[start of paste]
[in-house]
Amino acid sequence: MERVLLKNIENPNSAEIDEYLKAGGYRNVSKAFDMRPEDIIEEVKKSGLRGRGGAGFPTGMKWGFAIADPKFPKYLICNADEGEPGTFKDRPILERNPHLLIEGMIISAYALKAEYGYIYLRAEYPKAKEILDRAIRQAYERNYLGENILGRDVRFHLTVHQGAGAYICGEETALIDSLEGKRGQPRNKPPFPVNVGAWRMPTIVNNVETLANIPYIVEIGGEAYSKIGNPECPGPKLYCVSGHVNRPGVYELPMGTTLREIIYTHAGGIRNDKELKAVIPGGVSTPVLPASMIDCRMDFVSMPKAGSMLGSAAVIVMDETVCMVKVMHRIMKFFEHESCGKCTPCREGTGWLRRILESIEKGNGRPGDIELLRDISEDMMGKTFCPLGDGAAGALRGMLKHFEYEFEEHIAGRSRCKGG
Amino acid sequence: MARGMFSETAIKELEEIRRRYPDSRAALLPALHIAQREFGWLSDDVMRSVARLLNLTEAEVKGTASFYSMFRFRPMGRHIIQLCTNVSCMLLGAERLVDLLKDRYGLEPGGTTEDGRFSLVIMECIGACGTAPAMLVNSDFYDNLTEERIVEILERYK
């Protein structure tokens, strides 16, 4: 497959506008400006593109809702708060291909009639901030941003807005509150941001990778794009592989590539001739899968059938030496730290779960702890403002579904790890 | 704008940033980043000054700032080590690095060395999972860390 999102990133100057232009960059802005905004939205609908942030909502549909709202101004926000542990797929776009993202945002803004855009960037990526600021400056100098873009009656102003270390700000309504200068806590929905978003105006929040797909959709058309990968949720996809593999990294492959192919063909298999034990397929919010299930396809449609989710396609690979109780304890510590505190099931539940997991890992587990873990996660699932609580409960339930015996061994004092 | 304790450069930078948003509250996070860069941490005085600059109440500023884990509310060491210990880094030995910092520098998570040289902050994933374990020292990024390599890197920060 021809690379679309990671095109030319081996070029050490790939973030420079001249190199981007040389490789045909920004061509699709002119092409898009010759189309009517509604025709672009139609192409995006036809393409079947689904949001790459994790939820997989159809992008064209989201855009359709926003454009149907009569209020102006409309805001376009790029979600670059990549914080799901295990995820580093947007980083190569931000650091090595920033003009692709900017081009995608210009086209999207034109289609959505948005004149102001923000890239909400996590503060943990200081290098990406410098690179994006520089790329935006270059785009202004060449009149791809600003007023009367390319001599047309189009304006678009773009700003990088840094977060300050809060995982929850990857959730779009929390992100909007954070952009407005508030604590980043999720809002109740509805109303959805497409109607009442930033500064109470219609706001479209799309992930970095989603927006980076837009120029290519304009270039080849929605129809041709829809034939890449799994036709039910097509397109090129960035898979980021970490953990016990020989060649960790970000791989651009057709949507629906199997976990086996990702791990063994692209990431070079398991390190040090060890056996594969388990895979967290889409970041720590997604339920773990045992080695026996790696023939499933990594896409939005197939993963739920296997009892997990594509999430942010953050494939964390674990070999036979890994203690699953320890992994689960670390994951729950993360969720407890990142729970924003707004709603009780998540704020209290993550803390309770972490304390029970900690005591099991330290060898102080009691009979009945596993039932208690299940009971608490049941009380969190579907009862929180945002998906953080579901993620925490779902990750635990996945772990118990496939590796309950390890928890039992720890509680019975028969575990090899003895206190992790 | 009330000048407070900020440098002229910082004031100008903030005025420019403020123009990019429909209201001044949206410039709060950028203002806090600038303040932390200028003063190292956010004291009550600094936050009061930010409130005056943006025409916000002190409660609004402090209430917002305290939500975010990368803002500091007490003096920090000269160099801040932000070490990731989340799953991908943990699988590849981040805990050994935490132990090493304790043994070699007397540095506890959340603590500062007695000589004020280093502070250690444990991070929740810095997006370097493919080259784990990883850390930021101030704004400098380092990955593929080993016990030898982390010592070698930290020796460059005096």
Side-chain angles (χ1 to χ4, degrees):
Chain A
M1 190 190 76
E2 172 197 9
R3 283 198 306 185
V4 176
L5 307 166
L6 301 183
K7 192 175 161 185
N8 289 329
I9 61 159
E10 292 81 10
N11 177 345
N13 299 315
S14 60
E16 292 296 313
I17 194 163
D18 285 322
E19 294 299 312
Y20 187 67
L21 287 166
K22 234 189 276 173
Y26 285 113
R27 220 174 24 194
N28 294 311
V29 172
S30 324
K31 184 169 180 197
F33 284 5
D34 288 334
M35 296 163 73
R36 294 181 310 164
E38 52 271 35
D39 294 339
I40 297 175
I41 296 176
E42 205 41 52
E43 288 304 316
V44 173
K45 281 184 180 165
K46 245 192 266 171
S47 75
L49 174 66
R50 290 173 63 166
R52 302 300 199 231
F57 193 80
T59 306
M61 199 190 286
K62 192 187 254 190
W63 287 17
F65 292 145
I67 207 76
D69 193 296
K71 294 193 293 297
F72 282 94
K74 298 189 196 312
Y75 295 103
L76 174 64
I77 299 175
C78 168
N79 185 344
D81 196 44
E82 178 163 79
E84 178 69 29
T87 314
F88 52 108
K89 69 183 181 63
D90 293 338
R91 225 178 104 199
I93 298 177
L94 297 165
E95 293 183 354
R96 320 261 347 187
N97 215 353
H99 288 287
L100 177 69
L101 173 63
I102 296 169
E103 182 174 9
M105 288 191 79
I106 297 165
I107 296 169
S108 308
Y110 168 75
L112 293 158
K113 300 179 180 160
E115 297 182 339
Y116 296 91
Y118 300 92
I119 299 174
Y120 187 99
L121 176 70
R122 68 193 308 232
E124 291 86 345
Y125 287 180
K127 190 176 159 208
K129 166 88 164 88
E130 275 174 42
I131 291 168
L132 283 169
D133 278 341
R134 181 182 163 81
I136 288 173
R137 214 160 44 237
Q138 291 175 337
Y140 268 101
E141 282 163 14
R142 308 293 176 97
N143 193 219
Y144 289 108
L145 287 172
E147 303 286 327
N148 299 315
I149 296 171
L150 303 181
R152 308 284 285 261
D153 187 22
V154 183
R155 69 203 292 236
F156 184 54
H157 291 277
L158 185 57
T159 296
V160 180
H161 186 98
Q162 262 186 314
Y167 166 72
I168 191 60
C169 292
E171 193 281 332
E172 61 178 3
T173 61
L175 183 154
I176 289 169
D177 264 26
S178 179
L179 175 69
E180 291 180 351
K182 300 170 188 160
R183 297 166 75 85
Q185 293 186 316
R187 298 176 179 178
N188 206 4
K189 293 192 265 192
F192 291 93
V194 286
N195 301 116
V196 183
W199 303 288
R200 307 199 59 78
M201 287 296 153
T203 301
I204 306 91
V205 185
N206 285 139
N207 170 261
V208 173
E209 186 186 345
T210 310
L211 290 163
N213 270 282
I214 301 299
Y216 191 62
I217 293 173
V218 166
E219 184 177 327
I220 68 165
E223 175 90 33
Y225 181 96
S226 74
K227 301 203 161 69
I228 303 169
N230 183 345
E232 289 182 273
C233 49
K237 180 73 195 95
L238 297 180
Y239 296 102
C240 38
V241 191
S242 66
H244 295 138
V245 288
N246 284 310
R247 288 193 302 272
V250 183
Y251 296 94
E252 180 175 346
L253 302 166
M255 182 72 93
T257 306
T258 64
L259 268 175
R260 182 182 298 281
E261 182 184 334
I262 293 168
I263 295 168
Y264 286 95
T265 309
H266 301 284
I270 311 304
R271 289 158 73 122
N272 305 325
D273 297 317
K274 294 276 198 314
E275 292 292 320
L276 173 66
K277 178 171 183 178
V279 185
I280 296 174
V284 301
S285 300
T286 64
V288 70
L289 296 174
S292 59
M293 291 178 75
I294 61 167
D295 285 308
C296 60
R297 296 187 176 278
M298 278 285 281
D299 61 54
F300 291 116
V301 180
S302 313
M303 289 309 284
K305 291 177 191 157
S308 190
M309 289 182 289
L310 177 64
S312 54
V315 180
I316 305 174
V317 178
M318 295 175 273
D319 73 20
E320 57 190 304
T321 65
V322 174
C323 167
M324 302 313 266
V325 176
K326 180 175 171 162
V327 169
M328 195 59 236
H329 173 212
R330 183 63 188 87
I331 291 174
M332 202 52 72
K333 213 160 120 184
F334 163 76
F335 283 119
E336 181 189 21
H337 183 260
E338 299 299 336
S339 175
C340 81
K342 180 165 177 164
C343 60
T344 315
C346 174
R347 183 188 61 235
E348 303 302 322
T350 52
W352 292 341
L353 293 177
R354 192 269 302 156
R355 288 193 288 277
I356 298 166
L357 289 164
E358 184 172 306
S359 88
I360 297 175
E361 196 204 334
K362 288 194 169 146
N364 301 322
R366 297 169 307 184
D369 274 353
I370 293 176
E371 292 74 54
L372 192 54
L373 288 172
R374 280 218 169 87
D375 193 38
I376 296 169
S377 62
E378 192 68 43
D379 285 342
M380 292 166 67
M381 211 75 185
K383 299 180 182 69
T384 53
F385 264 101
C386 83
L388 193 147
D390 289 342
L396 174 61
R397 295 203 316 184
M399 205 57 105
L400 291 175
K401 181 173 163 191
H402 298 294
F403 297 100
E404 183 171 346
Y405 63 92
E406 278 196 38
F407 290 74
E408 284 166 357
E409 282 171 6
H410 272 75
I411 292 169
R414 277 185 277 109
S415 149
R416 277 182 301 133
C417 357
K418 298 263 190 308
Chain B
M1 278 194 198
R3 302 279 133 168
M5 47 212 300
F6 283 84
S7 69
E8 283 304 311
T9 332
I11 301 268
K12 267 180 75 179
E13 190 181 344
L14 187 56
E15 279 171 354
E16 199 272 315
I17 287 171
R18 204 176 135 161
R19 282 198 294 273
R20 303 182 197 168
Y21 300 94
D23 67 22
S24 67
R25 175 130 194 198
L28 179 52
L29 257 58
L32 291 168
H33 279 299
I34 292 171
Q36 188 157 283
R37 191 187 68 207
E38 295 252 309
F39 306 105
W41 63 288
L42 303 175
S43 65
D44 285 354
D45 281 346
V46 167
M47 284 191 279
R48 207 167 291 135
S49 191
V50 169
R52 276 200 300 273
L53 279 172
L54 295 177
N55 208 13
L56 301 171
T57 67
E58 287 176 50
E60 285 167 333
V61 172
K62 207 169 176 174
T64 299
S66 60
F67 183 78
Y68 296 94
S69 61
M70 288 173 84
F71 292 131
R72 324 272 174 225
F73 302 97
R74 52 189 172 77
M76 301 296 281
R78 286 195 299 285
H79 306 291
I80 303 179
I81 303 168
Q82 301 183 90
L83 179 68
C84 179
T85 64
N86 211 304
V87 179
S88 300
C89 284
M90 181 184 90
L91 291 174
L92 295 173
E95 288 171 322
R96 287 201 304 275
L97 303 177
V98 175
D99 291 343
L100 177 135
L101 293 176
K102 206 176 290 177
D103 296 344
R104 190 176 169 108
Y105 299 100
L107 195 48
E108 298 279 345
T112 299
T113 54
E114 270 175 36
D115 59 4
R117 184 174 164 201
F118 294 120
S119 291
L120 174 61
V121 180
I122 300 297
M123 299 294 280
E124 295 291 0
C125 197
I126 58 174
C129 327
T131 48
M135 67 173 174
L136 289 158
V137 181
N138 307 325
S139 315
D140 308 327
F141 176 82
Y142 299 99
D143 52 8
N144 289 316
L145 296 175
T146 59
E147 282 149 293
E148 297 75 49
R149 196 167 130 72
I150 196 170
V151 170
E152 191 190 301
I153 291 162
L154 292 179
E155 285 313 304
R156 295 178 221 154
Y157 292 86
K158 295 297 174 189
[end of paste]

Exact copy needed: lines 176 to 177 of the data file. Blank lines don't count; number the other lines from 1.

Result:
I228 303 169
N230 183 345